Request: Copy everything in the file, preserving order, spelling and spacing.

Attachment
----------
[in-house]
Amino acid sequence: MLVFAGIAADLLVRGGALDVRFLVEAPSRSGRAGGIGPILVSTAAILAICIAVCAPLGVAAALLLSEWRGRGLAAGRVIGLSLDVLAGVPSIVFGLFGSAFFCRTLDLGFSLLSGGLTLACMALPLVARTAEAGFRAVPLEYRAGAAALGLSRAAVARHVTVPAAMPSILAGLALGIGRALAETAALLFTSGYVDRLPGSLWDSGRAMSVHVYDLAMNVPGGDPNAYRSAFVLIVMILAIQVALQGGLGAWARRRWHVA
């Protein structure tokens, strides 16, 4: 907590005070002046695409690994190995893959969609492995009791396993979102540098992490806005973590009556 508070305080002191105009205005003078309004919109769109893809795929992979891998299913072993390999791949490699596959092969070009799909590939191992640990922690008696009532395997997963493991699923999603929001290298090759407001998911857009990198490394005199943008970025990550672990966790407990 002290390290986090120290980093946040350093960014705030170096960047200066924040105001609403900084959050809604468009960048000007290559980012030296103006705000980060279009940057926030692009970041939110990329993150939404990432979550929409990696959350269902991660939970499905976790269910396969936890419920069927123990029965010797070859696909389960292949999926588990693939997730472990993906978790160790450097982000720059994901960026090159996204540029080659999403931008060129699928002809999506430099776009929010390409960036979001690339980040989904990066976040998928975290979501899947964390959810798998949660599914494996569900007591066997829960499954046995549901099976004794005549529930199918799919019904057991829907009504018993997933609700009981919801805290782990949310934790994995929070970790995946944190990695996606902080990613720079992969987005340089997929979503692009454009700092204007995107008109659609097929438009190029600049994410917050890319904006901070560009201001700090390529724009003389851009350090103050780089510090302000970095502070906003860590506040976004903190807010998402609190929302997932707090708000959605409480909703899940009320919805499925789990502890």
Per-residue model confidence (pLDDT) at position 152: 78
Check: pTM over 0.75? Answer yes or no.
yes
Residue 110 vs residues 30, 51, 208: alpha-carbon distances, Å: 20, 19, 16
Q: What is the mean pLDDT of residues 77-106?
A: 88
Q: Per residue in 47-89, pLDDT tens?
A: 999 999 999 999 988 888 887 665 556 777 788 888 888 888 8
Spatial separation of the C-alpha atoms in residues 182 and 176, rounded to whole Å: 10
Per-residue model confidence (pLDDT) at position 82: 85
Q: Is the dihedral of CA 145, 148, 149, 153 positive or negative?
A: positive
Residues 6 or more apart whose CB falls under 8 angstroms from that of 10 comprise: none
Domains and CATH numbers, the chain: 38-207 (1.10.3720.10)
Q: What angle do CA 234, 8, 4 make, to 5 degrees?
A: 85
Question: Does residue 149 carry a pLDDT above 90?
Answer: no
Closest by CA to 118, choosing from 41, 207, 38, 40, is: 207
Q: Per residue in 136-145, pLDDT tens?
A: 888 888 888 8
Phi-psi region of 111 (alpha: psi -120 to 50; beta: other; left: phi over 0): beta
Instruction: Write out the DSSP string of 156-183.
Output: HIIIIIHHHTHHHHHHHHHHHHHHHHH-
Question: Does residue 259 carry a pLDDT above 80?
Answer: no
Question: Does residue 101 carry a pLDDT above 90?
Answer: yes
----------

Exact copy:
[in-house]
Amino acid sequence: MLVFAGIAADLLVRGGALDVRFLVEAPSRSGRAGGIGPILVSTAAILAICIAVCAPLGVAAALLLSEWRGRGLAAGRVIGLSLDVLAGVPSIVFGLFGSAFFCRTLDLGFSLLSGGLTLACMALPLVARTAEAGFRAVPLEYRAGAAALGLSRAAVARHVTVPAAMPSILAGLALGIGRALAETAALLFTSGYVDRLPGSLWDSGRAMSVHVYDLAMNVPGGDPNAYRSAFVLIVMILAIQVALQGGLGAWARRRWHVA
């Protein structure tokens, strides 16, 4: 907590005070002046695409690994190995893959969609492995009791396993979102540098992490806005973590009556 508070305080002191105009205005003078309004919109769109893809795929992979891998299913072993390999791949490699596959092969070009799909590939191992640990922690008696009532395997997963493991699923999603929001290298090759407001998911857009990198490394005199943008970025990550672990966790407990 002290390290986090120290980093946040350093960014705030170096960047200066924040105001609403900084959050809604468009960048000007290559980012030296103006705000980060279009940057926030692009970041939110990329993150939404990432979550929409990696959350269902991660939970499905976790269910396969936890419920069927123990029965010797070859696909389960292949999926588990693939997730472990993906978790160790450097982000720059994901960026090159996204540029080659999403931008060129699928002809999506430099776009929010390409960036979001690339980040989904990066976040998928975290979501899947964390959810798998949660599914494996569900007591066997829960499954046995549901099976004794005549529930199918799919019904057991829907009504018993997933609700009981919801805290782990949310934790994995929070970790995946944190990695996606902080990613720079992969987005340089997929979503692009454009700092204007995107008109659609097929438009190029600049994410917050890319904006901070560009201001700090390529724009003389851009350090103050780089510090302000970095502070906003860590506040976004903190807010998402609190929302997932707090708000959605409480909703899940009320919805499925789990502890």
Per-residue model confidence (pLDDT) at position 152: 78
Check: pTM over 0.75? Answer yes or no.
yes
Residue 110 vs residues 30, 51, 208: alpha-carbon distances, Å: 20, 19, 16
Q: What is the mean pLDDT of residues 77-106?
A: 88
Q: Per residue in 47-89, pLDDT tens?
A: 999 999 999 999 988 888 887 665 556 777 788 888 888 888 8
Spatial separation of the C-alpha atoms in residues 182 and 176, rounded to whole Å: 10
Per-residue model confidence (pLDDT) at position 82: 85
Q: Is the dihedral of CA 145, 148, 149, 153 positive or negative?
A: positive
Residues 6 or more apart whose CB falls under 8 angstroms from that of 10 comprise: none
Domains and CATH numbers, the chain: 38-207 (1.10.3720.10)
Q: What angle do CA 234, 8, 4 make, to 5 degrees?
A: 85
Question: Does residue 149 carry a pLDDT above 90?
Answer: no
Closest by CA to 118, choosing from 41, 207, 38, 40, is: 207
Q: Per residue in 136-145, pLDDT tens?
A: 888 888 888 8
Phi-psi region of 111 (alpha: psi -120 to 50; beta: other; left: phi over 0): beta
Instruction: Write out the DSSP string of 156-183.
Output: HIIIIIHHHTHHHHHHHHHHHHHHHHH-
Question: Does residue 259 carry a pLDDT above 80?
Answer: no
Question: Does residue 101 carry a pLDDT above 90?
Answer: yes